Air Force officials said the Reaper strike destroyed a vehicle-borne improvised explosive device that was discovered during an overwatch mission over southeast Iraq. “This was a great example of the Reaper’s unique capabilities,” said Lt. Col. Micah Morgan, commander of the 46th Expeditionary Reconnaissance and Attack Squadron at Joint Base Balad. “We searched for, found, fixed, targeted, and destroyed a target with just one aircraft.”

Reapers began flying combat sorties in Iraq out of Balad on July 18, joining the MQ-1 Predator in patrolling the skies to aid coalition forces.

Balad C-130 Unit Marks Passenger Milestone

The 777th Expeditionary Airlift Squadron at Joint Base Balad marked a milestone on Aug. 5 when one of its C-130s airlifted the unit’s 200,000th passenger during a sortie from Ali Base to Balad.

Lt. Col. Chris Cantu, the unit’s commander, was the navigator for the flight. He and the other crew members presented Army Spc. Steven Nix, the passenger of note, with a flag, squadron coin, and certificate to commemorate the milestone.

Members of the 777th EAS, deployed from Little Rock AFB, Ark., were nearing the end of a two-month rotation to Balad when they reached the milestone.

Operation Enduring Freedom—Afghanistan


By Sept. 15, a total of 587 Americans had died in Operation Enduring Freedom. The total includes 586 troops and one Department of Defense civilian. Of these deaths, 375 were killed in action with the enemy while 212 died in noncombat incidents.

There have been 2,443 troops wounded in action during Operation Enduring Freedom. This number includes 882 who were wounded and returned to duty within 72 hours and 1,561 who were unable to return to duty quickly.

Insurgent Attack on Major US Installation Foiled

A group of Taliban militants on Aug. 18 assaulted Forward Operating Base Salerno near the Afghan border with Pakistan, but failed to penetrate the base, which is the second largest US military installation in the country.

The militants launched waves of attacks on Salerno, located in Khost, just before midnight on Aug. 18, firing mortars and rockets at the base while suicide bombers attempted to gain entry near the base’s airfield. Coalition forces observed the attackers about 1,000 yards outside the perimeter and opened up with small-arms fire and requested air support, which came quickly.

An Afghan commando unit surrounded the suicide team approaching the airfield and engaged in a fierce firefight. Six suicide bombers were killed in the fight or blew themselves up, according to NATO accounts. Coalition fighter aircraft and helicopters helped chase the attackers in retreat, while ground troops gave chase.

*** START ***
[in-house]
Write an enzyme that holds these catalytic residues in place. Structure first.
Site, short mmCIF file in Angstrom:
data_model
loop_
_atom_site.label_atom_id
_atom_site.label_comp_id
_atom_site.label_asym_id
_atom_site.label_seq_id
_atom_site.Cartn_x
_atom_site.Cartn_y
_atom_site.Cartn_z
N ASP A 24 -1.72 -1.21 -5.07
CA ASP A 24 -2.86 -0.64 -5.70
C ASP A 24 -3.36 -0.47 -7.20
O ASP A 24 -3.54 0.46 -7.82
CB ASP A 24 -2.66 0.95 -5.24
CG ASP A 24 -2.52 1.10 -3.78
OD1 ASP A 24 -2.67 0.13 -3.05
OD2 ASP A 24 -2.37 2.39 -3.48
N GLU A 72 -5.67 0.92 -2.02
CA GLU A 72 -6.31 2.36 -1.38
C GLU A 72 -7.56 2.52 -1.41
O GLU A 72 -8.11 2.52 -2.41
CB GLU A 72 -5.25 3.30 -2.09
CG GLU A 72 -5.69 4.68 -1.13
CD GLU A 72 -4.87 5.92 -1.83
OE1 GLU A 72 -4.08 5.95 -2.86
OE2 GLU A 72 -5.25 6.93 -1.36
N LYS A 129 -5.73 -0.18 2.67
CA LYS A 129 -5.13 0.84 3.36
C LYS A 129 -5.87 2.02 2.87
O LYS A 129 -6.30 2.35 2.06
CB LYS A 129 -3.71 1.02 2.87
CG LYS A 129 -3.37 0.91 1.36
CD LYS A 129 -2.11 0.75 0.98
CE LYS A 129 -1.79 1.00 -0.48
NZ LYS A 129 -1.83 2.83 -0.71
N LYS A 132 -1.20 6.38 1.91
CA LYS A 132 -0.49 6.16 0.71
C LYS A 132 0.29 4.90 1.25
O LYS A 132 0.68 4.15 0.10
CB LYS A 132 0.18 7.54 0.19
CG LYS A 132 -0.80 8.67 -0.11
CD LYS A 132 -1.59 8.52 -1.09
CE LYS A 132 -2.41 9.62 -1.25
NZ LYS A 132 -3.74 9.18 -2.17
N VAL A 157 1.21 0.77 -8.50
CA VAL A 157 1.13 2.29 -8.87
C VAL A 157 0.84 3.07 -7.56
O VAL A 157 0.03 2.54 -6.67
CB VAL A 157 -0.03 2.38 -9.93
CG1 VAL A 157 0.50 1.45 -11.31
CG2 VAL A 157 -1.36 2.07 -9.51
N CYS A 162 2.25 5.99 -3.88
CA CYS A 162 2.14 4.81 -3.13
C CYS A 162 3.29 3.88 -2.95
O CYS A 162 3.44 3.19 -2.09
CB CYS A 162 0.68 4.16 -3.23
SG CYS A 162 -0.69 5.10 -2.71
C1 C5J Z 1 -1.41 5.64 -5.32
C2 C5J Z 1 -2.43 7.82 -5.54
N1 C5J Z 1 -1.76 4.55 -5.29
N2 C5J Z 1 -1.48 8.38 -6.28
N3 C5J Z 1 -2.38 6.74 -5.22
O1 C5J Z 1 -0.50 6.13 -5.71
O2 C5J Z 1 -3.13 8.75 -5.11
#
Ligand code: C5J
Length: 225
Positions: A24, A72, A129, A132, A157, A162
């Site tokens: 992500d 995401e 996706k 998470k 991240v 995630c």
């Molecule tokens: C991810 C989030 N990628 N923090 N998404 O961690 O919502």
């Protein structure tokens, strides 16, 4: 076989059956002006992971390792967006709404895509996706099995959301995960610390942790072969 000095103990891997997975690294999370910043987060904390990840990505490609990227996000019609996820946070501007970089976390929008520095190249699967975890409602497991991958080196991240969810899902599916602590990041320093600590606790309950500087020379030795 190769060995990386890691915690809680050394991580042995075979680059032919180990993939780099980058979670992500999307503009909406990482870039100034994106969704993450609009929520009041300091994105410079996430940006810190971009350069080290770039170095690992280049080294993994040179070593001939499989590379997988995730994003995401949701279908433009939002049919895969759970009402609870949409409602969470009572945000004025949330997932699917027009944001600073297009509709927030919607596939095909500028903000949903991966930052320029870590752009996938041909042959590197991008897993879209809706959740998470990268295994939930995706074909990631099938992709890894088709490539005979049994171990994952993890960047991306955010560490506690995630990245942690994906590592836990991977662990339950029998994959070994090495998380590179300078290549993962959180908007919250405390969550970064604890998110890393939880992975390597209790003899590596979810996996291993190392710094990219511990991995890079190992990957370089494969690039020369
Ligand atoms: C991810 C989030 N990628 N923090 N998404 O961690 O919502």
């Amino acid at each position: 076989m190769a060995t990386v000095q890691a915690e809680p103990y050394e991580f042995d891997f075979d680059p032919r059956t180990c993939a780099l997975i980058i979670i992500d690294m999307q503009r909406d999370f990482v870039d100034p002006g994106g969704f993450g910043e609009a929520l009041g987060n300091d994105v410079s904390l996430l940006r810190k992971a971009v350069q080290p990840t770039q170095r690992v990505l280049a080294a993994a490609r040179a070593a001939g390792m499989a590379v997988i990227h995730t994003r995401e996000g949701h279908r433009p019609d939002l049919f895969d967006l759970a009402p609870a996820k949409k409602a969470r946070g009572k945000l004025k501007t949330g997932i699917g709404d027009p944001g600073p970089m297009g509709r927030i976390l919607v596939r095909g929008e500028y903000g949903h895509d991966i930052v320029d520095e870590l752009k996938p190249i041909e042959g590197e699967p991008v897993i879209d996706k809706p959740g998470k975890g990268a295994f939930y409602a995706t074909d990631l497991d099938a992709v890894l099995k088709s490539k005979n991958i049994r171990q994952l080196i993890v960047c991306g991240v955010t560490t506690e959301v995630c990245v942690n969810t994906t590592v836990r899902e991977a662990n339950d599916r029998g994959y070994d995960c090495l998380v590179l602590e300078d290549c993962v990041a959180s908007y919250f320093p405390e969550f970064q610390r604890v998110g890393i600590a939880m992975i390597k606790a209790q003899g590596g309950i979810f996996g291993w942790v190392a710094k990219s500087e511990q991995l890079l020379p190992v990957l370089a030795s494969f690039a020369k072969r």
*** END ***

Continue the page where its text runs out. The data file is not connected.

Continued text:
A day earlier, a suicide bomber detonated a car bomb killing 10 civilians and wounding 13 just outside the base’s gates.

News Notes

  • The National Board of the Civil Air Patrol elected CAP Maj. Gen. Amy S. Courter in August to be national commander. She will serve both as a member of the Board of Governors and National Board and will lead CAP’s volunteer force of some 56,000.

  • Ecuador’s Foreign Ministry formally notified the United States in July of its decision not to renew the lease that allows US Southern Command to use Eloy Alfaro Air Base in Manta, Ecuador, as a forward operating location for counternarcotics surveillance aircraft.

  • The Air Force successfully launched a Minuteman III ICBM on Aug. 13 from Vandenberg AFB, Calif., to the Kwajalein Atoll in the Marshall Islands. This was a routine test to ensure the Minuteman fleet’s continued reliability and accuracy.

  • The American College of Emergency Physicians on Aug. 1 recognized Maj. James Eadie as a “hero of emergency medicine.” He is vice chair of emergency medicine, medical director, and flight commander at Wilford Hall Medical Center in Texas.

  • An instructor pilot’s failure to execute proper emergency procedures caused the fatal crash of a T-38C trainer aircraft on May 1 at Sheppard AFB, Tex., the Air Force said Aug. 6. The crash claimed his life and the life of a student pilot.

  • Lockheed Martin announced Aug. 5 that it has handed over control of HEO-1, the first on-orbit Space Based Infrared System sensor payload, to the Air Force. The service is expected to commence formal operations with it before the end of the year for detecting ballistic missile launches.

  • An eight-alarm fire on Aug. 16 destroyed 167 uninhabited housing units and damaged another 11 on the grounds of Travis AFB, Calif. The fire lasted about 12 hours and raged over more than 12 acres before firefighters brought it under control, base officials said.

  • The Montana Air National Guard’s 120th Fighter Wing in August received the first of the 18 F-15s slated to replace its F-16s under changes mandated under BRAC 2005. The F-15s are coming from the Missouri ANG and from Eglin AFB, Fla.

  • The 410th Flight Test Squadron at Plant 42 in Palmdale, Calif., was inactivated on Aug. 1. It was the unit responsible since 1980 for flight-testing the F-117A stealth fighter, which USAF retired in April.

  • Eielson AFB, Alaska, is one of several Air Force locations under consideration to host a coal-to-liquid-fuel conversion facility, service officials divulged in July. The facility would cost between $3.5 billion and $6 billion to build and produce up to 40,000 barrels per day, depending on its size.